Purpose: Governments increasingly promote employment through social networks (whether via formal job networks or informal personal networks). However, they rarely account for how weak-tie “bridging” networks and strong-tie “bonding” networks differentially affect employment outcomes. Given criticism that (usually weak-tie bridging-focussed) formal job networks are overly focussed on finding entry-level (i.e. any) jobs, it is imperative to understand the impact of strong and weak ties on securing work with good conditions, or of meaning to the worker. Such links are poorly understood in the present literature. The paper aims to discuss this issue.
Design/methodology/approach: This study uses national Australian survey data to assess whether support from close “friends” or distant “acquaintances” is associated with employment outcomes such as finding any work or “meaningful” work.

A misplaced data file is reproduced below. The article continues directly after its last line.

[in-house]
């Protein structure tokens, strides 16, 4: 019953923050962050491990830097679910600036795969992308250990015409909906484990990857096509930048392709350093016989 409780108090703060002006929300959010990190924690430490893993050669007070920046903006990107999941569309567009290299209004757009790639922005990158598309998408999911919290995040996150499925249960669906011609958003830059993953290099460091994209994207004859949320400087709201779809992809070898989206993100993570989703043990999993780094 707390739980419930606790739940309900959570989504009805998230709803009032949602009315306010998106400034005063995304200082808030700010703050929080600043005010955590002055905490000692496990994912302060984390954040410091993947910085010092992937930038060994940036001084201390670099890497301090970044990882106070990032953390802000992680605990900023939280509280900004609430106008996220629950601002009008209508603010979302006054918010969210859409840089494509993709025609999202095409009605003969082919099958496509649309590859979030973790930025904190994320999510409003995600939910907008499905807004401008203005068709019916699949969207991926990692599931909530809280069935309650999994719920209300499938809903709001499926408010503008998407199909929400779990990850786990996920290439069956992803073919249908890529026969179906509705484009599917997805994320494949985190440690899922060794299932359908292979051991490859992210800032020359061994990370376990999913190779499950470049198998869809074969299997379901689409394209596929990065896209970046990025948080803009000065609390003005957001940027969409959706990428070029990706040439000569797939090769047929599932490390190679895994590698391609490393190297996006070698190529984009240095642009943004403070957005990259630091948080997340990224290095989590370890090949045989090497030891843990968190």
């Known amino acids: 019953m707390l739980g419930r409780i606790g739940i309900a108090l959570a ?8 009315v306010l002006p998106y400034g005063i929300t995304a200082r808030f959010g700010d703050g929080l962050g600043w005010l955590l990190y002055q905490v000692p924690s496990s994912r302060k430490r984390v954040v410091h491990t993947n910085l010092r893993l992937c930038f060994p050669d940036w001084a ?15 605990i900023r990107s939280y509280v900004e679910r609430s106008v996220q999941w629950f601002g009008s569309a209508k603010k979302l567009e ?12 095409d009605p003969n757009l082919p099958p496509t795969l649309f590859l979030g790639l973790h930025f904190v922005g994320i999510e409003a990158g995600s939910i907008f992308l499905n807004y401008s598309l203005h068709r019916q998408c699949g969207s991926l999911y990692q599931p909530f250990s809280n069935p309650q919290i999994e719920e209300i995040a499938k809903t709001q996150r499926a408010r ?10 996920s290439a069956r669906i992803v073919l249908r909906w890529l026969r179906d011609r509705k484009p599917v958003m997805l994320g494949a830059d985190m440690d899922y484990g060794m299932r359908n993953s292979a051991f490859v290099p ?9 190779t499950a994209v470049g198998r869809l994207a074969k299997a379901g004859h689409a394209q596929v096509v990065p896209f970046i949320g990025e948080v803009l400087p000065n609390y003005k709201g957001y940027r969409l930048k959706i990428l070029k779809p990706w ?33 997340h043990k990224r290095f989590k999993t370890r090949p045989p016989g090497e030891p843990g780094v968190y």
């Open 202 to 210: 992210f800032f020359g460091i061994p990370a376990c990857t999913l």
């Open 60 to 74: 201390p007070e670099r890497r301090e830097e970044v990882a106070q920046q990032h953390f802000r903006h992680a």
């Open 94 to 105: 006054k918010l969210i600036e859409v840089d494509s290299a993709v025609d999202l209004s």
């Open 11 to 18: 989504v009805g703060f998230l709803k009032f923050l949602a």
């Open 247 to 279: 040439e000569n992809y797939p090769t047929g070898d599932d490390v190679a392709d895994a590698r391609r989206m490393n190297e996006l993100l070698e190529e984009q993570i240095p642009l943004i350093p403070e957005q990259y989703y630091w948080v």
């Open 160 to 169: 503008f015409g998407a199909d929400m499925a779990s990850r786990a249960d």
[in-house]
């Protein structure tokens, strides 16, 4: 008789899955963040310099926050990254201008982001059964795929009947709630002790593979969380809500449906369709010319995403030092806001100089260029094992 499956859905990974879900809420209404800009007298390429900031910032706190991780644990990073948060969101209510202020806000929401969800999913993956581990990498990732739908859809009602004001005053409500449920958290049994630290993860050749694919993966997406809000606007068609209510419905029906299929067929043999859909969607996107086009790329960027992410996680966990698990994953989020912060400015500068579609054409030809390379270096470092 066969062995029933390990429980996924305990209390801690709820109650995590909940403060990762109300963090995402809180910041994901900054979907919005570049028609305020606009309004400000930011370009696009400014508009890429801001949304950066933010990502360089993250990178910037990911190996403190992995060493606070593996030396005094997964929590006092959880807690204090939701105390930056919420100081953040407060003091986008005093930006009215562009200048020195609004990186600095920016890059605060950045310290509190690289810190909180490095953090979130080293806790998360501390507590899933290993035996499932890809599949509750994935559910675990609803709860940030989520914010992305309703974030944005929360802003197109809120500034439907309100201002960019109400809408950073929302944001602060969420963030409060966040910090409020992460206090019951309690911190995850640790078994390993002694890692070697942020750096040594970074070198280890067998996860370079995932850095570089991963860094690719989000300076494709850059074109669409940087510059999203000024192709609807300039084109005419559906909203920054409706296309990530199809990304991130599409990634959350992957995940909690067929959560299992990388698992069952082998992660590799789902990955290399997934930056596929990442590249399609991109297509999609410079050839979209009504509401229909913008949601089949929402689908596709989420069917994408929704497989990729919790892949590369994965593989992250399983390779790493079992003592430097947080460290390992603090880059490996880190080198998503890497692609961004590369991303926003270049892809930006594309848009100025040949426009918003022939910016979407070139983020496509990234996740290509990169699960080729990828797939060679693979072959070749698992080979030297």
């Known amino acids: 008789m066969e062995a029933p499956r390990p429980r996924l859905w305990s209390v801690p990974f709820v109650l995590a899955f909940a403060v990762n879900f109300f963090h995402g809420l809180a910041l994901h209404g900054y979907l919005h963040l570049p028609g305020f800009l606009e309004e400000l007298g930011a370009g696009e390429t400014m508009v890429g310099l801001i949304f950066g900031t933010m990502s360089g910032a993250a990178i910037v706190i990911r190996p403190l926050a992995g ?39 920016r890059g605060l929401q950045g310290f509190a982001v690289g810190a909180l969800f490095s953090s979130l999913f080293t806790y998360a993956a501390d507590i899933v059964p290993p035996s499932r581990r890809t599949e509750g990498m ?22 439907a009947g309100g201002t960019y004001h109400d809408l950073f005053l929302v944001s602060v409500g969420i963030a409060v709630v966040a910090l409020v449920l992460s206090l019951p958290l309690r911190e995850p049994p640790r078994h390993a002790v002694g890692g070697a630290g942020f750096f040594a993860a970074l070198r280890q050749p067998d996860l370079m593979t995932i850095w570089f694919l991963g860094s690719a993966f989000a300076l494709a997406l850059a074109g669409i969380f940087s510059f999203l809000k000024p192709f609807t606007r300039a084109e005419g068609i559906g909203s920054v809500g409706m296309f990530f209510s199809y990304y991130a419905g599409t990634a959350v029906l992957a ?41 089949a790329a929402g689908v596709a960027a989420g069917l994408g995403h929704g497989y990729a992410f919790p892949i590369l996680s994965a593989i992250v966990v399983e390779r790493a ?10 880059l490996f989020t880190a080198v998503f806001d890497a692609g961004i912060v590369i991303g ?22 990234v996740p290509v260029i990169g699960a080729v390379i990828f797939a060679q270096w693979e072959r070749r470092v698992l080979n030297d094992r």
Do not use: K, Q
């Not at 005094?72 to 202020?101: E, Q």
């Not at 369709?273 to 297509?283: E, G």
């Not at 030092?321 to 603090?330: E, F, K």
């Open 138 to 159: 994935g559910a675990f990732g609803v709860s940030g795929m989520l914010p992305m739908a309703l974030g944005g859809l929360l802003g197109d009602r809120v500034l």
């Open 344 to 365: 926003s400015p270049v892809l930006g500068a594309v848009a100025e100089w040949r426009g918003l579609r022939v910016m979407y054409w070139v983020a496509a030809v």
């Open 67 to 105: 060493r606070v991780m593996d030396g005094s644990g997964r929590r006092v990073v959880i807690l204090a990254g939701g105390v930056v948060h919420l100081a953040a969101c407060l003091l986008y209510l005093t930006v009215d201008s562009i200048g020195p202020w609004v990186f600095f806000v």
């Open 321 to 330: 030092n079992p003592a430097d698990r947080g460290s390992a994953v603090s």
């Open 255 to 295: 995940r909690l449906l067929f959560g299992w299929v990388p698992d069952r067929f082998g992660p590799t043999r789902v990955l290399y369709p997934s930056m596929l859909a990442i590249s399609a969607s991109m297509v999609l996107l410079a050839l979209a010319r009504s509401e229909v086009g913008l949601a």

Findings: The results show that relatively distant ties (close acquaintances) and emotional support from friends are each associated with reduced chances of being an unemployed/discouraged worker. Stronger ties (close friends) are associated with better chances of a having a “meaningful” job.
Practical implications: More attention should be paid to tie strength dynamics and meaningful employment outcomes in the delivery of employment services. In particular, a role for active “close-tie brokers” in promoting networks should be investigated, instead of expecting/pushing the unemployed to rely on either extremely close or distant connections.
Originality/value: This is the first study to find a link between network type and meaningful work, which has important implications for the delivery of employment services.